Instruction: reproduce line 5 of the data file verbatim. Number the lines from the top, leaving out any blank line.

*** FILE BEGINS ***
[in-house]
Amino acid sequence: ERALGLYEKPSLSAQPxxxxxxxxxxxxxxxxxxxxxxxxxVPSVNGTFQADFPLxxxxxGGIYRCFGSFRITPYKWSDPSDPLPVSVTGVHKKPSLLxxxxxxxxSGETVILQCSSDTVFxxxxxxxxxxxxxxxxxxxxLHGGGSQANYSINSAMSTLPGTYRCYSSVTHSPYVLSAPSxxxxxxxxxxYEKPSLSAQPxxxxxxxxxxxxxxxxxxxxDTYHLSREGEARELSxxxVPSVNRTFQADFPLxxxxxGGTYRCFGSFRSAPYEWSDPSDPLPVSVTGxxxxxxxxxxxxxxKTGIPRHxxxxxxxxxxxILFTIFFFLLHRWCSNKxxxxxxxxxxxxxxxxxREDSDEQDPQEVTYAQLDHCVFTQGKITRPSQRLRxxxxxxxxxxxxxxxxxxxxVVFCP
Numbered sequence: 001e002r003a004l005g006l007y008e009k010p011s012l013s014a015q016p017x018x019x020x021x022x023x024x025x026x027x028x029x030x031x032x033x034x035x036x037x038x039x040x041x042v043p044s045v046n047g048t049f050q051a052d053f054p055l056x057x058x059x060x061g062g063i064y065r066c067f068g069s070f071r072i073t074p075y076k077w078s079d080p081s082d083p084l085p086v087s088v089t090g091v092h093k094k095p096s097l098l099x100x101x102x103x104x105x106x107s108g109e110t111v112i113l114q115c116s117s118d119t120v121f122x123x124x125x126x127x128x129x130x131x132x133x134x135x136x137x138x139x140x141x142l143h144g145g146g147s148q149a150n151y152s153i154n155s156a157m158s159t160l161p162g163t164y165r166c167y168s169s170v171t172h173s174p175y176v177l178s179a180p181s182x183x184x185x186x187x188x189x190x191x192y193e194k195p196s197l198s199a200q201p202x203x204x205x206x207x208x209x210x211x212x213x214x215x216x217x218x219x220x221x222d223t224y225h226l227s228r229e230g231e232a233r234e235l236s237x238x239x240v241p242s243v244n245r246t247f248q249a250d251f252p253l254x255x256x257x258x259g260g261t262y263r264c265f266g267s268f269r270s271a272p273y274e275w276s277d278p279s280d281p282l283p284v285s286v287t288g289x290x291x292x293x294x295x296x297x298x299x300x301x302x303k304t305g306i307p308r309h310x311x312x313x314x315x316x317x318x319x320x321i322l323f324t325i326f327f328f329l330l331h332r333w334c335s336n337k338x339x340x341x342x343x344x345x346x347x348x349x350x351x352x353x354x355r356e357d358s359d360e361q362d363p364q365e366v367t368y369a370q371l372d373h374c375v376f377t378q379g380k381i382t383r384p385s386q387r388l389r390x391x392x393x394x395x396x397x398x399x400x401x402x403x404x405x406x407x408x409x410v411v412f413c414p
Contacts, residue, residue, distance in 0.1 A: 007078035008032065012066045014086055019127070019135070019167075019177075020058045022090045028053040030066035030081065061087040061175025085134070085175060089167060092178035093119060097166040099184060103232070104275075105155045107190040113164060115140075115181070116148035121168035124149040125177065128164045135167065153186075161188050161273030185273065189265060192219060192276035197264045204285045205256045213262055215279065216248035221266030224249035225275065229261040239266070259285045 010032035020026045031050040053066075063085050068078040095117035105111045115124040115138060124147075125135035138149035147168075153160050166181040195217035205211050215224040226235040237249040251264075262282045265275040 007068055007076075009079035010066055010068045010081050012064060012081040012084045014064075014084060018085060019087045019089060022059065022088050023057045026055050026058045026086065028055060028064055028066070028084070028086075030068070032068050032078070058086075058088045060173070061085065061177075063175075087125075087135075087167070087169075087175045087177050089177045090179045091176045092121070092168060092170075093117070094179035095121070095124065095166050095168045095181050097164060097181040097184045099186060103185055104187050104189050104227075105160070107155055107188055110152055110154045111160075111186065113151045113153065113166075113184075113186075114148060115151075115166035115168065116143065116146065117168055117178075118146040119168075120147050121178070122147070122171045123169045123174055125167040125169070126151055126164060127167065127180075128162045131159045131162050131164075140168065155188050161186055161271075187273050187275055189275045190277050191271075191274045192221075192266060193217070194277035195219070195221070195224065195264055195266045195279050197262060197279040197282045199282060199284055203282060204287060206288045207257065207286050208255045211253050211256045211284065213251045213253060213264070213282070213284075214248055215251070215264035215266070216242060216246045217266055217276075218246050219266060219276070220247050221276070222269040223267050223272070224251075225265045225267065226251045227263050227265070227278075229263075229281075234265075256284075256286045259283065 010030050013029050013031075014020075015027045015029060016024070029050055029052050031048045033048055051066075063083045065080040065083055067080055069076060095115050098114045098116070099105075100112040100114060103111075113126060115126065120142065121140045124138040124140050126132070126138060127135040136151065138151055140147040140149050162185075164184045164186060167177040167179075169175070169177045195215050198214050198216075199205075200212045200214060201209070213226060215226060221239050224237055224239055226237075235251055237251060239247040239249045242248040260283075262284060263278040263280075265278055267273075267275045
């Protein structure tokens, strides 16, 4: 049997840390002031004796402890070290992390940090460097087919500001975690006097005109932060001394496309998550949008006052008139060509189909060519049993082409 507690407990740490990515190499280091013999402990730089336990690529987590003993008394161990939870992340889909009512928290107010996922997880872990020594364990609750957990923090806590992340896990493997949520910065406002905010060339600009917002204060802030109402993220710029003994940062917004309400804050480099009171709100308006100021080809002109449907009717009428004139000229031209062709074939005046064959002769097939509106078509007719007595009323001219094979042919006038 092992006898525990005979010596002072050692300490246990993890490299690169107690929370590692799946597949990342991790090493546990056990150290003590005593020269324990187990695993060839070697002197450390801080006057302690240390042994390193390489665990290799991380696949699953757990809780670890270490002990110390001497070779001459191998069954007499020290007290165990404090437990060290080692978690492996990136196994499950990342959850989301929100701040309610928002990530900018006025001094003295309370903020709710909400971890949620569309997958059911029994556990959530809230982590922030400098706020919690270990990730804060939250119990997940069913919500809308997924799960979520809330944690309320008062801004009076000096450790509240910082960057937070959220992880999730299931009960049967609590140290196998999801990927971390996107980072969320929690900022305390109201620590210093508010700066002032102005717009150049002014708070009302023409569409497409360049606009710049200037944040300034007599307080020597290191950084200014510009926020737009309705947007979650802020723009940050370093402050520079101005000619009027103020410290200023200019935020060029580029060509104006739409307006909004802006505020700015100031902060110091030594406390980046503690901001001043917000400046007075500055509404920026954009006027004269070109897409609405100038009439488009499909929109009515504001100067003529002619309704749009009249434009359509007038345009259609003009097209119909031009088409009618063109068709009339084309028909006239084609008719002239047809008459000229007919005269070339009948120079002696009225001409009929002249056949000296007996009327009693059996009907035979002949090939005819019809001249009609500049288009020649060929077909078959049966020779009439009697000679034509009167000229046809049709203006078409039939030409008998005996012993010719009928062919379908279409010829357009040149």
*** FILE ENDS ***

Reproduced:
């Protein structure tokens, strides 16, 4: 049997840390002031004796402890070290992390940090460097087919500001975690006097005109932060001394496309998550949008006052008139060509189909060519049993082409 507690407990740490990515190499280091013999402990730089336990690529987590003993008394161990939870992340889909009512928290107010996922997880872990020594364990609750957990923090806590992340896990493997949520910065406002905010060339600009917002204060802030109402993220710029003994940062917004309400804050480099009171709100308006100021080809002109449907009717009428004139000229031209062709074939005046064959002769097939509106078509007719007595009323001219094979042919006038 092992006898525990005979010596002072050692300490246990993890490299690169107690929370590692799946597949990342991790090493546990056990150290003590005593020269324990187990695993060839070697002197450390801080006057302690240390042994390193390489665990290799991380696949699953757990809780670890270490002990110390001497070779001459191998069954007499020290007290165990404090437990060290080692978690492996990136196994499950990342959850989301929100701040309610928002990530900018006025001094003295309370903020709710909400971890949620569309997958059911029994556990959530809230982590922030400098706020919690270990990730804060939250119990997940069913919500809308997924799960979520809330944690309320008062801004009076000096450790509240910082960057937070959220992880999730299931009960049967609590140290196998999801990927971390996107980072969320929690900022305390109201620590210093508010700066002032102005717009150049002014708070009302023409569409497409360049606009710049200037944040300034007599307080020597290191950084200014510009926020737009309705947007979650802020723009940050370093402050520079101005000619009027103020410290200023200019935020060029580029060509104006739409307006909004802006505020700015100031902060110091030594406390980046503690901001001043917000400046007075500055509404920026954009006027004269070109897409609405100038009439488009499909929109009515504001100067003529002619309704749009009249434009359509007038345009259609003009097209119909031009088409009618063109068709009339084309028909006239084609008719002239047809008459000229007919005269070339009948120079002696009225001409009929002249056949000296007996009327009693059996009907035979002949090939005819019809001249009609500049288009020649060929077909078959049966020779009439009697000679034509009167000229046809049709203006078409039939030409008998005996012993010719009928062919379908279409010829357009040149």